All touchscreen devices require regular cleaning to prevent the accumulation of dirt, dust and debris. While most touchscreen devices are designed with a strong outer layer to protect against the intrusion of impurities such as these, neglecting to clean a touchscreen device can result in a lower accuracy, phantom commands and other problems. When cleaning a touchscreen device, though, you should avoid making these five common mistakes.
#1) Using Rubbing Alcohol
What’s wrong with rubbing alcohol, and why shouldn’t you use it to clean a touchscreen device? Although it’s an excellent disinfectant, rubbing alcohol is simply too harsh for touchscreen devices. When used to clean a touchscreen device, it will strip away the device’s oleophobic coating, which is otherwise used to protect the device from oil and liquids.
#2) Using a Standard Washcloth
Avoid using a standard washcloth to clean a touchscreen device. Instead, choose a lint-free microfiber cloth. Standard washcloths, such as those sold at most home goods stores, have a somewhat abrasive surface that can scratch the outer layer of a touchscreen device. With their thinner, finer fabric, however, microfiber washcloths don’t suffer form this problem. You can use them to easily and safely clean a touchscreen device without scratching its outer layer.
#3) Using Water
Water isn’t as harsh as rubbing alcohol, though you still shouldn’t use it to clean a touchscreen device. Most touchscreen devices aren’t designed to withstand water. They may offer some level of water resistance, but they doesn’t mean they are waterproof. And if water penetrates into the device, it could cause permanent, costly damage. This is why it’s best to err on the side of caution by keeping water away from your device.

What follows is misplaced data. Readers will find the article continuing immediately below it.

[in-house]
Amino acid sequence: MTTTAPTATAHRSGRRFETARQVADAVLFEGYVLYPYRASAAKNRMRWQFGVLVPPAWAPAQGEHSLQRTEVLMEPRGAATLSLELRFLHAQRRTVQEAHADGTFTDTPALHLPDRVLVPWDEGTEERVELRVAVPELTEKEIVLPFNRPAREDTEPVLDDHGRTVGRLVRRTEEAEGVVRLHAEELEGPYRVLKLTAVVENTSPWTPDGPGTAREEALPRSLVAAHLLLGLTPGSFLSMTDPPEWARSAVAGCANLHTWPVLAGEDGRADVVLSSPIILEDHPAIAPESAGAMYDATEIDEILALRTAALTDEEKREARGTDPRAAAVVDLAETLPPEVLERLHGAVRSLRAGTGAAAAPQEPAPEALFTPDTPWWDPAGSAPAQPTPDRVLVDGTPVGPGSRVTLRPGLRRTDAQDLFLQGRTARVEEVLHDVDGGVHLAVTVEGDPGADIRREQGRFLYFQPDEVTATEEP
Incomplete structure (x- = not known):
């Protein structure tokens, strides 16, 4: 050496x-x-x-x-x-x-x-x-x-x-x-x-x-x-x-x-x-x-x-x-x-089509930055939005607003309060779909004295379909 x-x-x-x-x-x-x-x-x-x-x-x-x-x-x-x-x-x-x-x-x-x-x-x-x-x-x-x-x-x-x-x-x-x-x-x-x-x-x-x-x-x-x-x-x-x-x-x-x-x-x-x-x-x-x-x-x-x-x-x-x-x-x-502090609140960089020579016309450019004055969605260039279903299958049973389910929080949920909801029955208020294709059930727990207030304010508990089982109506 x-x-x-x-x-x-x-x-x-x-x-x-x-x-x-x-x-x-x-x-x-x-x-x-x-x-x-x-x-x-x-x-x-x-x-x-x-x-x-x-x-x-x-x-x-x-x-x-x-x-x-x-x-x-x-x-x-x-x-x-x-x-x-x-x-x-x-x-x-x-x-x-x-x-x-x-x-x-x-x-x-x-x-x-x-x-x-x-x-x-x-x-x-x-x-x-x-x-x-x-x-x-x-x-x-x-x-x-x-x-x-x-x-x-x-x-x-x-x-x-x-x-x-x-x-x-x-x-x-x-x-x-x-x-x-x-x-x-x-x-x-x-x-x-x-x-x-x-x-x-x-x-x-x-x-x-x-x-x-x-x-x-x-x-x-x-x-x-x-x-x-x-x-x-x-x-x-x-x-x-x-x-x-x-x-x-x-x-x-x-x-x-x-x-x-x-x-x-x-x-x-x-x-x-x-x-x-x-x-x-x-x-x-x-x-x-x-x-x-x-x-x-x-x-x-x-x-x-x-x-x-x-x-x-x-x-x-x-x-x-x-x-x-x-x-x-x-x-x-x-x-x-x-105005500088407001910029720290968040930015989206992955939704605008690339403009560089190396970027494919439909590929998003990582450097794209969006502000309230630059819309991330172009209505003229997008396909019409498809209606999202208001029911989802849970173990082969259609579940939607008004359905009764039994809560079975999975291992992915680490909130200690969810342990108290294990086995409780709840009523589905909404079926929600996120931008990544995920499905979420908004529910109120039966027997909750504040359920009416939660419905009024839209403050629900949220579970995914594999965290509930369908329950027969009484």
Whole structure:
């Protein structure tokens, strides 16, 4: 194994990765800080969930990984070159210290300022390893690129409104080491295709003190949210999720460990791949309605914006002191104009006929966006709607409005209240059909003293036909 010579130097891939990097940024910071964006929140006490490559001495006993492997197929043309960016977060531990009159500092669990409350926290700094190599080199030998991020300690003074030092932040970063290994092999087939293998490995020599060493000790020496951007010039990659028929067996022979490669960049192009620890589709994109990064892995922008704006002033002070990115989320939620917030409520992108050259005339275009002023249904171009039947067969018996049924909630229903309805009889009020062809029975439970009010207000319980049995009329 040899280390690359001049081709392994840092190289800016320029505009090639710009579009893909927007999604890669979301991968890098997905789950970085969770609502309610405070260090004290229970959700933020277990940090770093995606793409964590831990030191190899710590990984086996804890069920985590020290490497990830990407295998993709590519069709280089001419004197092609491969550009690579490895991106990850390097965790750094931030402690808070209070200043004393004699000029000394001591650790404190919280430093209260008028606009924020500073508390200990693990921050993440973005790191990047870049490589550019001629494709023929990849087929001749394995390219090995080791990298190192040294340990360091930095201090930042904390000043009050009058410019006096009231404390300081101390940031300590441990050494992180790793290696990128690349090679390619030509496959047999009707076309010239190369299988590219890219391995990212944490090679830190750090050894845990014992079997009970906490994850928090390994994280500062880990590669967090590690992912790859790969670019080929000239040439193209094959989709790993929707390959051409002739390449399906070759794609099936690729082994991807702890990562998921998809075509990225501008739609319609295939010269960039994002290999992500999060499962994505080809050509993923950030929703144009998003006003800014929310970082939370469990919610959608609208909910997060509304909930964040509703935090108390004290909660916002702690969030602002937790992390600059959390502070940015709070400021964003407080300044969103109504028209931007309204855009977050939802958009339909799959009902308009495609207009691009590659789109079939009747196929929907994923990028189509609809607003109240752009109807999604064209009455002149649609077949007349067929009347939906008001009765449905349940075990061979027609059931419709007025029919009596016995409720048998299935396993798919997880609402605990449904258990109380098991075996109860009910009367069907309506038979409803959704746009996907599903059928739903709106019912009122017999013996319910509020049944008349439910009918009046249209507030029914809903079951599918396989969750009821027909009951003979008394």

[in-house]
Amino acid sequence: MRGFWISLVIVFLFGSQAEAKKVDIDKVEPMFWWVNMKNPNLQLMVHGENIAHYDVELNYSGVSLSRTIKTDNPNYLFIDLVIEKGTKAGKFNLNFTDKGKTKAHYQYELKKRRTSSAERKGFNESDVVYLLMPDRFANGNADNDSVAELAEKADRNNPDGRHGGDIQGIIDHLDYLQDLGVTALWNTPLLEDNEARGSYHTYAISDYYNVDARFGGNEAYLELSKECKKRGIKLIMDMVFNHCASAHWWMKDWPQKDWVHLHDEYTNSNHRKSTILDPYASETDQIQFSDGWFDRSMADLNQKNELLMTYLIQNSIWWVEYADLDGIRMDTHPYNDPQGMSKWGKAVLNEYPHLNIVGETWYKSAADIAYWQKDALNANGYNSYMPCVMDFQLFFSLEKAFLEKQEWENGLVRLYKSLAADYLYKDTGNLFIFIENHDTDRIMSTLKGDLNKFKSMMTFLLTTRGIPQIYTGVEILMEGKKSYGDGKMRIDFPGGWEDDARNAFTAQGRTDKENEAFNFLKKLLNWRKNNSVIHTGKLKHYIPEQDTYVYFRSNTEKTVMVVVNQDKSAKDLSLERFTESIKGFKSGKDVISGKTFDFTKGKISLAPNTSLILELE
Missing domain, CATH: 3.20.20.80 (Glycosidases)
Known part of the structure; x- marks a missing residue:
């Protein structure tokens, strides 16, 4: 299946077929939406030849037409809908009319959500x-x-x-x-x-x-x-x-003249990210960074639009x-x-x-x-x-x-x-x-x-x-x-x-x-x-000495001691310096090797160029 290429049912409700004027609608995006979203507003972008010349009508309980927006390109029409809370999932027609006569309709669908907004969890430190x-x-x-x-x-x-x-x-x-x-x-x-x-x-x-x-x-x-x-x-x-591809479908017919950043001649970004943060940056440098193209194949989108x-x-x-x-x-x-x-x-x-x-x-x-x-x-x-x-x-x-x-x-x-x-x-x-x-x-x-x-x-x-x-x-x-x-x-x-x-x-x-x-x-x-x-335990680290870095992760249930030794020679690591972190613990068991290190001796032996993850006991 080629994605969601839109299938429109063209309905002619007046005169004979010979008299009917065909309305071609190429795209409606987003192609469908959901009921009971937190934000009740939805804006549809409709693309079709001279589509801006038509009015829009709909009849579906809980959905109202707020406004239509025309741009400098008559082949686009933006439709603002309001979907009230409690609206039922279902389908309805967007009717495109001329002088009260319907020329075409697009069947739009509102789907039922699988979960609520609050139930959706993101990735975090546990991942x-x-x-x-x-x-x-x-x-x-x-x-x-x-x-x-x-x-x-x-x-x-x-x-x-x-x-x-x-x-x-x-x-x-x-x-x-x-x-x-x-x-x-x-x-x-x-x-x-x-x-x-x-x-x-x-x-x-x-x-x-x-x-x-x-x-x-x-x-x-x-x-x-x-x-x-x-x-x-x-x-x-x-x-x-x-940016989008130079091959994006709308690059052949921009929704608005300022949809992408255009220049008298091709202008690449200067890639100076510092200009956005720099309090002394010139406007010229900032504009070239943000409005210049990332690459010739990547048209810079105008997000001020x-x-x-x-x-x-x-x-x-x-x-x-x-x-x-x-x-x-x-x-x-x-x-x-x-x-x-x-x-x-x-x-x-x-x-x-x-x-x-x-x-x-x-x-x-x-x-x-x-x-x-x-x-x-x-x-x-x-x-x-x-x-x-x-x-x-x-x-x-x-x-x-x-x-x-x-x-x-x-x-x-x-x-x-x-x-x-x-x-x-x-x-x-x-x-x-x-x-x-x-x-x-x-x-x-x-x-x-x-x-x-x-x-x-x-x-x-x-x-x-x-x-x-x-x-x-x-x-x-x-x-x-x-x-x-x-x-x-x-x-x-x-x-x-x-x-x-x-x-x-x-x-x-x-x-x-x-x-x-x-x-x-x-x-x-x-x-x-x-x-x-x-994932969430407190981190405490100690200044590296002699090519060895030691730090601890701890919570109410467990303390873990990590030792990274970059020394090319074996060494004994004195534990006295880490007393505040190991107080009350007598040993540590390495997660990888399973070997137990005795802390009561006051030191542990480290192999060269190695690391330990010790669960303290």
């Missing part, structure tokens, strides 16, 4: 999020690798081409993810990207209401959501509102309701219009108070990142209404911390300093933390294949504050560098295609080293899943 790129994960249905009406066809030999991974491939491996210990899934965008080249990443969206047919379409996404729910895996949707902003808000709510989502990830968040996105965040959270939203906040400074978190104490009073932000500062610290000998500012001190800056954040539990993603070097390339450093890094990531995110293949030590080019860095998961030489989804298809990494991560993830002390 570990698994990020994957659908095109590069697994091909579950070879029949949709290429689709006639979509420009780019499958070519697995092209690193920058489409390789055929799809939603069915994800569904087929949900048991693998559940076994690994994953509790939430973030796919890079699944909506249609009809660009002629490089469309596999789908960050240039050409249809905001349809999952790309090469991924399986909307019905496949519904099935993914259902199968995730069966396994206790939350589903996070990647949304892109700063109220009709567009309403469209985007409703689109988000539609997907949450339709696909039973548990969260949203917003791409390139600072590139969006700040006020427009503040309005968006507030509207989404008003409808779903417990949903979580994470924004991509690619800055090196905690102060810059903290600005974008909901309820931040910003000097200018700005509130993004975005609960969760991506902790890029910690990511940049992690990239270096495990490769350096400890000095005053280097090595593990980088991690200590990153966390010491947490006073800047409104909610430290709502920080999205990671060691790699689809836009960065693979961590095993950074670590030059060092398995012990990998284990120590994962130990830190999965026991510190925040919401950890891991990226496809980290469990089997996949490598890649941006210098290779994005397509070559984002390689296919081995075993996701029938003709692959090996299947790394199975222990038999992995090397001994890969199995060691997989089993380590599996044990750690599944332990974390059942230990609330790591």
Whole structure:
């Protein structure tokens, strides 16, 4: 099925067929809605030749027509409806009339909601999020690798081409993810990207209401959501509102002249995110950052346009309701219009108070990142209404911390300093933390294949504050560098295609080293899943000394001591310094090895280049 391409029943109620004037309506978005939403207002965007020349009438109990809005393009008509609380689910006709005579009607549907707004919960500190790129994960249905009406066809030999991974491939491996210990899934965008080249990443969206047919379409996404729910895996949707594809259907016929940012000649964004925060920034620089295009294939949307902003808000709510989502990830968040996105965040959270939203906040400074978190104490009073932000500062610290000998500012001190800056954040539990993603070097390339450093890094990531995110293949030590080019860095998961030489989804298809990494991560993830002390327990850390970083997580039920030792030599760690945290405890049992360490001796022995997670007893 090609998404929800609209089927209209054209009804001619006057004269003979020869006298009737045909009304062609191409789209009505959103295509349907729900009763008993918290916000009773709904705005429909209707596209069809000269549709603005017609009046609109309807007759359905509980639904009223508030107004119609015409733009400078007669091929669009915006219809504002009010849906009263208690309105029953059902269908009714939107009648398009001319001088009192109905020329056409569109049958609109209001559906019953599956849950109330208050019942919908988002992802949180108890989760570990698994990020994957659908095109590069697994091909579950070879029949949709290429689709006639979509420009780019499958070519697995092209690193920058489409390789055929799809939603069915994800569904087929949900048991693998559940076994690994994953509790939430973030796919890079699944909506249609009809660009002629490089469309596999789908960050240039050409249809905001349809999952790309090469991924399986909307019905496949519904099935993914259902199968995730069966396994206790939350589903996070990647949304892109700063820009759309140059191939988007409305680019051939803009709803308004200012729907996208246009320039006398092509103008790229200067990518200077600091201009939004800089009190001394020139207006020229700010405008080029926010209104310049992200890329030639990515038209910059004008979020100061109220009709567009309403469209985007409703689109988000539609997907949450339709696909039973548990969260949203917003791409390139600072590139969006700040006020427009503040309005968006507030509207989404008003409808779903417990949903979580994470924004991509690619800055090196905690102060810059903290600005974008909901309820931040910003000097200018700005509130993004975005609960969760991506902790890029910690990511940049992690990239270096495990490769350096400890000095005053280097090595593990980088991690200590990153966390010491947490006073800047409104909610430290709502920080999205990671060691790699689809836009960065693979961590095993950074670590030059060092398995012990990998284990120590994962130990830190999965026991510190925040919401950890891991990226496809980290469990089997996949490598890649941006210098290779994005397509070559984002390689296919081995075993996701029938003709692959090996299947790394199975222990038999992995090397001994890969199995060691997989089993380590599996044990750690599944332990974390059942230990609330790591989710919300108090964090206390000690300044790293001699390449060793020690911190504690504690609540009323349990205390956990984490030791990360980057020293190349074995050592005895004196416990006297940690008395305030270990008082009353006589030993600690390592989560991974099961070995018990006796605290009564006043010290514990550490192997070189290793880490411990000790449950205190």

#4) Pressing Too Hard
Use caution not to press down too hard when cleaning your touchscreen device. You’ll need to apply some pressure when cleaning your touchscreen device with a lint-free microfiber cloth, but excess pressure may damage the display or its touch-sensing components. To prevent this from happening, apply the least amount of pressure possible.
#5) Infrequent Cleaning
Finally, remember to clean your touchscreen device on a regular basis. Simply cleaning it once a year — or less frequently — isn’t going to work, especially if you use the device on a daily basis. So, how often do you need to clean a touchscreen device? Well, it varies depending on the type of device, how often it’s used and the environment in which it’s located. With that said, cleaning once a week should suffice for most touchscreen devices.